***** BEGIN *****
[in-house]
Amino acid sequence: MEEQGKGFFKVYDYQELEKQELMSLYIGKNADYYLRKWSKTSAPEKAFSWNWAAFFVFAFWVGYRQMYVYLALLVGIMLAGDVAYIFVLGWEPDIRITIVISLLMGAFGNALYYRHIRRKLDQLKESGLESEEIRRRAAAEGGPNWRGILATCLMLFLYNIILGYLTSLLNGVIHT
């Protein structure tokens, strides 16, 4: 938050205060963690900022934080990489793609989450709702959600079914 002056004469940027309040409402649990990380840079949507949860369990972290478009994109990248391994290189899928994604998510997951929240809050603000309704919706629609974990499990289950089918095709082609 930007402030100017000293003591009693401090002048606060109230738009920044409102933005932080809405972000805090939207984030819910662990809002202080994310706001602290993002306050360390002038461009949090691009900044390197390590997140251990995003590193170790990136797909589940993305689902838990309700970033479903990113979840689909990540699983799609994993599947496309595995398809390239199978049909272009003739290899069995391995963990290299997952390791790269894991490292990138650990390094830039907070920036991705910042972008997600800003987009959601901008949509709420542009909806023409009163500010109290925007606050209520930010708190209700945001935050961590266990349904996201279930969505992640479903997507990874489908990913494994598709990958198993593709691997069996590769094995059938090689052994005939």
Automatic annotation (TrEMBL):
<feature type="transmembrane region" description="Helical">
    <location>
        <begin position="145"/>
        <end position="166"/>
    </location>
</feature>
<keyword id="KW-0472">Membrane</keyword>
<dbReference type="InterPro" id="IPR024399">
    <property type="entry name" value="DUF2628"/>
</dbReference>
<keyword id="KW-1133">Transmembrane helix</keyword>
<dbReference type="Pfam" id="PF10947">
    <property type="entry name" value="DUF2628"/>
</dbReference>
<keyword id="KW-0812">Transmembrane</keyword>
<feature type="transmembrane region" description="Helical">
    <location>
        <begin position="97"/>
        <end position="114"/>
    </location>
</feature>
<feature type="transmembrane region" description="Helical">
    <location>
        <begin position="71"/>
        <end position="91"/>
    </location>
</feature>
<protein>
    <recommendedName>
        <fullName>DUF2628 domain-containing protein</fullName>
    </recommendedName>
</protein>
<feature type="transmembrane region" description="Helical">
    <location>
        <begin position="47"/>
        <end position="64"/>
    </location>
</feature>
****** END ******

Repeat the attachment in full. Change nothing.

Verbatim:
[in-house]
Amino acid sequence: MEEQGKGFFKVYDYQELEKQELMSLYIGKNADYYLRKWSKTSAPEKAFSWNWAAFFVFAFWVGYRQMYVYLALLVGIMLAGDVAYIFVLGWEPDIRITIVISLLMGAFGNALYYRHIRRKLDQLKESGLESEEIRRRAAAEGGPNWRGILATCLMLFLYNIILGYLTSLLNGVIHT
């Protein structure tokens, strides 16, 4: 938050205060963690900022934080990489793609989450709702959600079914 002056004469940027309040409402649990990380840079949507949860369990972290478009994109990248391994290189899928994604998510997951929240809050603000309704919706629609974990499990289950089918095709082609 930007402030100017000293003591009693401090002048606060109230738009920044409102933005932080809405972000805090939207984030819910662990809002202080994310706001602290993002306050360390002038461009949090691009900044390197390590997140251990995003590193170790990136797909589940993305689902838990309700970033479903990113979840689909990540699983799609994993599947496309595995398809390239199978049909272009003739290899069995391995963990290299997952390791790269894991490292990138650990390094830039907070920036991705910042972008997600800003987009959601901008949509709420542009909806023409009163500010109290925007606050209520930010708190209700945001935050961590266990349904996201279930969505992640479903997507990874489908990913494994598709990958198993593709691997069996590769094995059938090689052994005939």
Automatic annotation (TrEMBL):
<feature type="transmembrane region" description="Helical">
    <location>
        <begin position="145"/>
        <end position="166"/>
    </location>
</feature>
<keyword id="KW-0472">Membrane</keyword>
<dbReference type="InterPro" id="IPR024399">
    <property type="entry name" value="DUF2628"/>
</dbReference>
<keyword id="KW-1133">Transmembrane helix</keyword>
<dbReference type="Pfam" id="PF10947">
    <property type="entry name" value="DUF2628"/>
</dbReference>
<keyword id="KW-0812">Transmembrane</keyword>
<feature type="transmembrane region" description="Helical">
    <location>
        <begin position="97"/>
        <end position="114"/>
    </location>
</feature>
<feature type="transmembrane region" description="Helical">
    <location>
        <begin position="71"/>
        <end position="91"/>
    </location>
</feature>
<protein>
    <recommendedName>
        <fullName>DUF2628 domain-containing protein</fullName>
    </recommendedName>
</protein>
<feature type="transmembrane region" description="Helical">
    <location>
        <begin position="47"/>
        <end position="64"/>
    </location>
</feature>